Copy link
    Contributor

    ncoghlan commented Dec 14, 2013

    Getting rid of mojibake was the goal, surrogateescape was about dealing with cases where the "avoid mojibake" checks were spuriously breaking round-tripping between OS APIs due to other configuration errors (with LANG=C being set, or LANG not being set at all being the main problem). Other "high mojibake risk" power tools (like changing the encoding of an already open stream) are likely to return in the future, since there *are* cases where they're the right answer (e.g. you can't right an iconv equivalent in Python 3 at the moment, we need bpo-15216 implemented before that will be possible).

    +1 for this solution - see bpo-19846 for the long discussion which got us to this point (there are a few unrelated tangents, a couple of them my fault, but this is definitely an improvement over the status quo.

    @ncoghlan
    Copy link
    Contributor

    ncoghlan commented Jan 3, 2014

    Larry: I'm assuming it's way too late to make a change like this for the 3.4 release?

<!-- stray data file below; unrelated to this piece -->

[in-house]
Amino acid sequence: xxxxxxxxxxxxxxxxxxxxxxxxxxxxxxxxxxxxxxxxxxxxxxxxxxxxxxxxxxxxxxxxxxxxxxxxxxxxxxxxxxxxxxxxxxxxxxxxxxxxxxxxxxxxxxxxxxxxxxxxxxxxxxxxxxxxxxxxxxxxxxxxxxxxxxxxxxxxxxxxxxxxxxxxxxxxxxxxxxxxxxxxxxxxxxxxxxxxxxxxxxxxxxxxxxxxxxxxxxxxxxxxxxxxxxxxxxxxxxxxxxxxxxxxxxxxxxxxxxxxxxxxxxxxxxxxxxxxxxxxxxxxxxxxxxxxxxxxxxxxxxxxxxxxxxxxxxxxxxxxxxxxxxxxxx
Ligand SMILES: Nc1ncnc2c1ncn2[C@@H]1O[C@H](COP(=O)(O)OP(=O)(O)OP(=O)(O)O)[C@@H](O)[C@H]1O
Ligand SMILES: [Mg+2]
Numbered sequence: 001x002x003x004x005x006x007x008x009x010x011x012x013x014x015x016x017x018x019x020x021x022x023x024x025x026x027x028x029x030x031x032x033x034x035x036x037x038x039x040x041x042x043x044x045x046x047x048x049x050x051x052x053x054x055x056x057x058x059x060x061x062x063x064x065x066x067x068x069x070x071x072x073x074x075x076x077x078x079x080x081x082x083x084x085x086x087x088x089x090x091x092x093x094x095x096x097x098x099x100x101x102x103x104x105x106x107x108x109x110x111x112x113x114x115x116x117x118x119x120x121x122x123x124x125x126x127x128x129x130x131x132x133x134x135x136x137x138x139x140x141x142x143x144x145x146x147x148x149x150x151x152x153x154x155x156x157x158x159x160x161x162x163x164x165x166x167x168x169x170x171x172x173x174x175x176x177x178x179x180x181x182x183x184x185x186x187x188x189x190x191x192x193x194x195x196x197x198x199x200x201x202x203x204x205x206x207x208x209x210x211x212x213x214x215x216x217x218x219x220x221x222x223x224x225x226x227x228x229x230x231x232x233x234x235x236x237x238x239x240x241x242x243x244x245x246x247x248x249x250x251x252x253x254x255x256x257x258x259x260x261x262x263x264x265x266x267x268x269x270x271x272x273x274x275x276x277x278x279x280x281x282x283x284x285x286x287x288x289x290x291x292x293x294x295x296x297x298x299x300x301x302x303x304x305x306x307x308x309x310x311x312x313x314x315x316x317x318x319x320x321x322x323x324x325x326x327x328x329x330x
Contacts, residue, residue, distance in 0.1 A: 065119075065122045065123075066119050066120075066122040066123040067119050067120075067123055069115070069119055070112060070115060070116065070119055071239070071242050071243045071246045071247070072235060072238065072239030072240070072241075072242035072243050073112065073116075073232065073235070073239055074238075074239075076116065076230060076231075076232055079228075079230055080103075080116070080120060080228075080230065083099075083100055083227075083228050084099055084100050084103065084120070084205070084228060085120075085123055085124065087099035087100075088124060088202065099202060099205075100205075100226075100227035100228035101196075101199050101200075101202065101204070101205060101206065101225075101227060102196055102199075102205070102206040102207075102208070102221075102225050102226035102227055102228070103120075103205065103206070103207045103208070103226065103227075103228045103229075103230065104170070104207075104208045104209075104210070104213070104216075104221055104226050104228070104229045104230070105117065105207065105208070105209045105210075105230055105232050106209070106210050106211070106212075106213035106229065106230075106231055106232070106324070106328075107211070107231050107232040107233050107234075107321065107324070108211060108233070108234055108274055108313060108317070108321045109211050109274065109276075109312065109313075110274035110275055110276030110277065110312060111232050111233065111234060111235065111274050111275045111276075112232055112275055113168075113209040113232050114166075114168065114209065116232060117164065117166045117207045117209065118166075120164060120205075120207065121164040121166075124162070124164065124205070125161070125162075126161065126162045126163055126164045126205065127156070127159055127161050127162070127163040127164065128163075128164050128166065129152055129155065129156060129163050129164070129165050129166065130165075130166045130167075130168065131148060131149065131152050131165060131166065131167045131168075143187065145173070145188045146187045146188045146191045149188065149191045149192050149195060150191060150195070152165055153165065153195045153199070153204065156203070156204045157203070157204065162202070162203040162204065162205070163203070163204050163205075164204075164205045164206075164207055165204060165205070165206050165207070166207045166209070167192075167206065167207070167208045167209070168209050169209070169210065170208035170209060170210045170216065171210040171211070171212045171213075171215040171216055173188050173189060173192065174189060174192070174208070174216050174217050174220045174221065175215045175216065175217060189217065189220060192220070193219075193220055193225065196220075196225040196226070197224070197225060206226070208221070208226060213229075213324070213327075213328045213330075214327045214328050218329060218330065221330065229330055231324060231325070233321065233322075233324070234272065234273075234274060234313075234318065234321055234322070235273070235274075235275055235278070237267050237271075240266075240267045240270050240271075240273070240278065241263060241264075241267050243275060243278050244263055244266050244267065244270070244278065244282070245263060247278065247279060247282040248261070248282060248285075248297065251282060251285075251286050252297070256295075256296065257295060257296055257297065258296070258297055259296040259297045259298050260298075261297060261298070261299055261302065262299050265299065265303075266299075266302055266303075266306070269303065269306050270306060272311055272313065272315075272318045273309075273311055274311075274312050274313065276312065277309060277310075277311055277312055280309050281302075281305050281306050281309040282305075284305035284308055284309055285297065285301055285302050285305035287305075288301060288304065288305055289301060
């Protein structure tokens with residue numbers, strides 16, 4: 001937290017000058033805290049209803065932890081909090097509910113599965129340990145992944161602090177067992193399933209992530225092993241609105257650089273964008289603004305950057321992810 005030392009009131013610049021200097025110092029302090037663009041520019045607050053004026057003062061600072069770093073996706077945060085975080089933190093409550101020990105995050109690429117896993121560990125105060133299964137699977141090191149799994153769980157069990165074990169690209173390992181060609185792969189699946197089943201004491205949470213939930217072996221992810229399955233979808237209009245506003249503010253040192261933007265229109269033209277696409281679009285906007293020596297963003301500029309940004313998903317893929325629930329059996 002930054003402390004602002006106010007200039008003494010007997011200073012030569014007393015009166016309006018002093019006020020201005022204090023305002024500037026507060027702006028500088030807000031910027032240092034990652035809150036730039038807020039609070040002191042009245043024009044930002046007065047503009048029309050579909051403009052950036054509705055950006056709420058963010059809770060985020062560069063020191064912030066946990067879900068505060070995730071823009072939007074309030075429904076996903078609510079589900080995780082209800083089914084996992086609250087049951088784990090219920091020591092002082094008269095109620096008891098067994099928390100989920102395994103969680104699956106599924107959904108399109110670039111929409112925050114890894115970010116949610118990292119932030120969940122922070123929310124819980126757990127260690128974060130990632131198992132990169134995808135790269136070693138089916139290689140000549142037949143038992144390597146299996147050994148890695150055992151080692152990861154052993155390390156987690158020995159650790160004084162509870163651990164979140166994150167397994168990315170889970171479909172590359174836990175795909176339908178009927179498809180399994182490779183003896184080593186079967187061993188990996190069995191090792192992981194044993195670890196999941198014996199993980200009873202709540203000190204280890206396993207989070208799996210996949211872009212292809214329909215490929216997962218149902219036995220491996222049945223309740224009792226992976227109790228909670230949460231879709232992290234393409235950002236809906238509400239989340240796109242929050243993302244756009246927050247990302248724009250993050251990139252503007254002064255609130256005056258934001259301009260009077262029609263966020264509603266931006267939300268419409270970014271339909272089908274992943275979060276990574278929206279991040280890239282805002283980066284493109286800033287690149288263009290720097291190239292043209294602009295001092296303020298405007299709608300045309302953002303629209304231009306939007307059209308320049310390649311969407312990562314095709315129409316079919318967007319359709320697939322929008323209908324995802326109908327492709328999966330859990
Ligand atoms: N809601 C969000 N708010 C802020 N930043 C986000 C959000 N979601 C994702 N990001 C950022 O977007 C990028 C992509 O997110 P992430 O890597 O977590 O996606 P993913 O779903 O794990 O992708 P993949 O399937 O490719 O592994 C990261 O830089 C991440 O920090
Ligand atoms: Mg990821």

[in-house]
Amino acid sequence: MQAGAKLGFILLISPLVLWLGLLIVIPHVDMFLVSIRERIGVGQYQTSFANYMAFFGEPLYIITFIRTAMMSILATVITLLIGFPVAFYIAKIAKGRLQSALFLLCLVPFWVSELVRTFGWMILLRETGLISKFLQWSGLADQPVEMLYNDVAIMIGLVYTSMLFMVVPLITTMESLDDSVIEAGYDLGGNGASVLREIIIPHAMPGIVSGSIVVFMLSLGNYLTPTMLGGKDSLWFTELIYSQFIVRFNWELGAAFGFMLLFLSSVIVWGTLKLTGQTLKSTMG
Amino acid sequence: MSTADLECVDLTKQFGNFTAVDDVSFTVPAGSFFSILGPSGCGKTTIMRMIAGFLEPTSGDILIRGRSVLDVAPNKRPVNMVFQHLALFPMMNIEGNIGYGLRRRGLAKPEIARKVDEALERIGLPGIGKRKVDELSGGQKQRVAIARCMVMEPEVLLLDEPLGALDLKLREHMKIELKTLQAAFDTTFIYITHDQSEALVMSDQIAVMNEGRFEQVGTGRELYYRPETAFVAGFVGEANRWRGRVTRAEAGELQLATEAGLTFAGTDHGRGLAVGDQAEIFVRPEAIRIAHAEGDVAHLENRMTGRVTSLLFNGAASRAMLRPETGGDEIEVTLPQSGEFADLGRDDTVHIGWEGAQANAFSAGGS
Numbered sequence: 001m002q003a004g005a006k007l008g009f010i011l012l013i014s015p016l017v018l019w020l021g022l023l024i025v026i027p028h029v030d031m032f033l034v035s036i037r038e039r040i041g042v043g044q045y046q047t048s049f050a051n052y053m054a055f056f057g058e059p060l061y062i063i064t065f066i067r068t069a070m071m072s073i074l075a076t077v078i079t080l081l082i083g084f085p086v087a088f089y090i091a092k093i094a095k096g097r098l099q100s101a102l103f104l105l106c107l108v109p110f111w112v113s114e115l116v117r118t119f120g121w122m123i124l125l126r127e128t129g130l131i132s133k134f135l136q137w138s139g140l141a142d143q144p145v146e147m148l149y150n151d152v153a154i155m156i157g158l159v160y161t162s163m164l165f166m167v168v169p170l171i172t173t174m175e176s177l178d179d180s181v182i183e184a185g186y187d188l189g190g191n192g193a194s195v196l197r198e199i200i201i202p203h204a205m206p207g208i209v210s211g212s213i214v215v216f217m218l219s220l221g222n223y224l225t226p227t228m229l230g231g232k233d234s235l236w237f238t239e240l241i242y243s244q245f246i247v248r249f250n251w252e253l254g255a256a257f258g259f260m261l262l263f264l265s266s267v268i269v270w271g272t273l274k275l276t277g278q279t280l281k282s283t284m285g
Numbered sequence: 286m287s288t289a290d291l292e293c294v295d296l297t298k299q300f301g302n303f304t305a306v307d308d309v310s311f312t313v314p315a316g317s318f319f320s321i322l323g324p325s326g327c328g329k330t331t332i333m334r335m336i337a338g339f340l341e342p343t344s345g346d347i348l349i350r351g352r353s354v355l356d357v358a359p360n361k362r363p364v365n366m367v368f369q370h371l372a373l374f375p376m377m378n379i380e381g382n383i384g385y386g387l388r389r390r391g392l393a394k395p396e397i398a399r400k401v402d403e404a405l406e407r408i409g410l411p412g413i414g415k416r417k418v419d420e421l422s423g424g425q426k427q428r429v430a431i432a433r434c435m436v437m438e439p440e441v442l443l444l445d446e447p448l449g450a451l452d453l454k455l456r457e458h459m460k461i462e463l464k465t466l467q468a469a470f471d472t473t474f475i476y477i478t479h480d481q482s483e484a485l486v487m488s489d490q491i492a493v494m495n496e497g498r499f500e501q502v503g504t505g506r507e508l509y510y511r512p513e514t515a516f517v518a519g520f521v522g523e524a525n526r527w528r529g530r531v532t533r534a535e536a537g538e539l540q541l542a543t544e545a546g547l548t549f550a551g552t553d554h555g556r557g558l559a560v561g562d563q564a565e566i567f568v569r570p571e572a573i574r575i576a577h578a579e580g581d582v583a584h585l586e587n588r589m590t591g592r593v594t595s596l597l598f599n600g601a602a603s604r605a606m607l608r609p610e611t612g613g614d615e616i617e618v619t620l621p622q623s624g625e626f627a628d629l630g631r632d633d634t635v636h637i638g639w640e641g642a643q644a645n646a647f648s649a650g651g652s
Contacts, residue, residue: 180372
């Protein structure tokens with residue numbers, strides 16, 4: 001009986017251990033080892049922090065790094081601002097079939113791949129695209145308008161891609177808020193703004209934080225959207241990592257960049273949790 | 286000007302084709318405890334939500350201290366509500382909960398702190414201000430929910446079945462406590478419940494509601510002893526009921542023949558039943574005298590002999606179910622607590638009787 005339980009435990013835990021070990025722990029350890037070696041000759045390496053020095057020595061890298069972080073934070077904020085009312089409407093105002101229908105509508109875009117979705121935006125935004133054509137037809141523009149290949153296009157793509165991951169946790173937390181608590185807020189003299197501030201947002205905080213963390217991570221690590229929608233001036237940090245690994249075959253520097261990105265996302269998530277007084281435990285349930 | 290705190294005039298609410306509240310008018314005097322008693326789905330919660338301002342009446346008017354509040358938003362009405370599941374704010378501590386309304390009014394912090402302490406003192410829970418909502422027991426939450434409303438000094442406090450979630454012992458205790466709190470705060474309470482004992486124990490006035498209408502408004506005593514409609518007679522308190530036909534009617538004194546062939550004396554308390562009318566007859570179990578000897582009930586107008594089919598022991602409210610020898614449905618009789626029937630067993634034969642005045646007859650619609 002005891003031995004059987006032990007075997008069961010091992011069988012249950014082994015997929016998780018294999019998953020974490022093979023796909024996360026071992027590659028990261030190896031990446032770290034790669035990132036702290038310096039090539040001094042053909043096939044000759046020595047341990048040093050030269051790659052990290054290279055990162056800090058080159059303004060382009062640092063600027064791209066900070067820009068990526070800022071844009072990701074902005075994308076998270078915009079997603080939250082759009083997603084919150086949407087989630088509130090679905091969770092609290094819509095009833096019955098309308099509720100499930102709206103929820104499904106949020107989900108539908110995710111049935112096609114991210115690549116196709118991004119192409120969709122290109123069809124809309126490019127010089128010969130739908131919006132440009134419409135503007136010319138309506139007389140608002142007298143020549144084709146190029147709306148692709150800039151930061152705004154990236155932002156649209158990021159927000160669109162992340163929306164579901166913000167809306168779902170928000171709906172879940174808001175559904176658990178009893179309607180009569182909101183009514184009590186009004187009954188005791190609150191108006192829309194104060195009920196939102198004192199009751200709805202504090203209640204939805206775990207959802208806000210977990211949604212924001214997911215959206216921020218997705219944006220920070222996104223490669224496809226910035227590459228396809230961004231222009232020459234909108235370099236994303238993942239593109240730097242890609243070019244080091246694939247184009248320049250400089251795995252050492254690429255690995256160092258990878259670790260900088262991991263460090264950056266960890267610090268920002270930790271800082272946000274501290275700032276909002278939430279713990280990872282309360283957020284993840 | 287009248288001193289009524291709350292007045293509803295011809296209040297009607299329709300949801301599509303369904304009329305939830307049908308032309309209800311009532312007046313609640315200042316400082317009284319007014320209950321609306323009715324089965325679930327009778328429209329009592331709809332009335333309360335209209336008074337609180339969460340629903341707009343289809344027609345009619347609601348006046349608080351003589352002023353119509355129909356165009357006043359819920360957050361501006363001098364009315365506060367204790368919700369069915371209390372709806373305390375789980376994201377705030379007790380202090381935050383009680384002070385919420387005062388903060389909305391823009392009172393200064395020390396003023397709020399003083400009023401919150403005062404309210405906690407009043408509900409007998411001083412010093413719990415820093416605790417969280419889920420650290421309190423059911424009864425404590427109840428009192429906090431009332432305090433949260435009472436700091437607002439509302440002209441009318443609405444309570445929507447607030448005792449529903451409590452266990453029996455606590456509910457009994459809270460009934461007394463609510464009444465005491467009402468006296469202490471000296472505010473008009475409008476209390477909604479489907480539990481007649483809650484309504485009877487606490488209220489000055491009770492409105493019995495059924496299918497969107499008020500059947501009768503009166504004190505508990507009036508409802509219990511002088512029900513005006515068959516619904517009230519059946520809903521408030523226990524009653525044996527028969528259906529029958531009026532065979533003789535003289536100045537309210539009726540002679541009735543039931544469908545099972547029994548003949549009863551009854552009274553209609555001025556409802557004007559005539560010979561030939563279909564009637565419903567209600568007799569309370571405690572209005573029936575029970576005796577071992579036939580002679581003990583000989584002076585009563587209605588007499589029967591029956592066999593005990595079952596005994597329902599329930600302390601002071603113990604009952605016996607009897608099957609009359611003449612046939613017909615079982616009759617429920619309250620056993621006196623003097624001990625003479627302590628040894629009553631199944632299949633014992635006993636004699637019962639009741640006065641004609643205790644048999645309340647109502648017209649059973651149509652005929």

Slavek: assuming this change is made for 3.5 upstream, we may want to look at backporting it as a 3.4 patch in Fedora (as part of the Python-3-by-default project). Otherwise it's very easy to provoke Python 3 into throwing Unicode errors when attempting to print data provided by the OS.

    @ncoghlan ncoghlan added the type-bug An unexpected behavior, bug, or error label Jan 3, 2014
    @larryhastings
    Copy link
    Contributor

    larryhastings commented Jan 4, 2014

    Yeah, unless there was a *huge* amount of support for changing this, it's way too late for 3.4.

    @bkabrda
    Copy link
    Mannequin

    bkabrda mannequin commented Jan 6, 2014

    Nick: Sure, once there is an upstream solution that people have agreed on, I'll look into backporting it, NP. Thanks for letting me know about this.

    @vstinner
    Copy link
    Member Author

    vstinner commented Feb 11, 2014

    Reintroducing moji-bake intentionally doesn't sound like a particularly good idea, wasn't that what python3 was supposed to help prevent?

    Sometimes practicality beats purity :-(

    I tried to convince users that their computer was "not well configured", they always replied that Python 3 fails where Perl, PHP, Python 2, C, etc. "just work".

    @python-dev
    Copy link
    Mannequin

    python-dev mannequin commented Mar 18, 2014

    New changeset bc06f67234d0 by Victor Stinner in branch 'default':
    Issue bpo-19977: When the LC_TYPE locale is the POSIX locale (C locale),
    http://hg.python.org/cpython/rev/bc06f67234d0

    @vstinner
    Copy link
    Member Author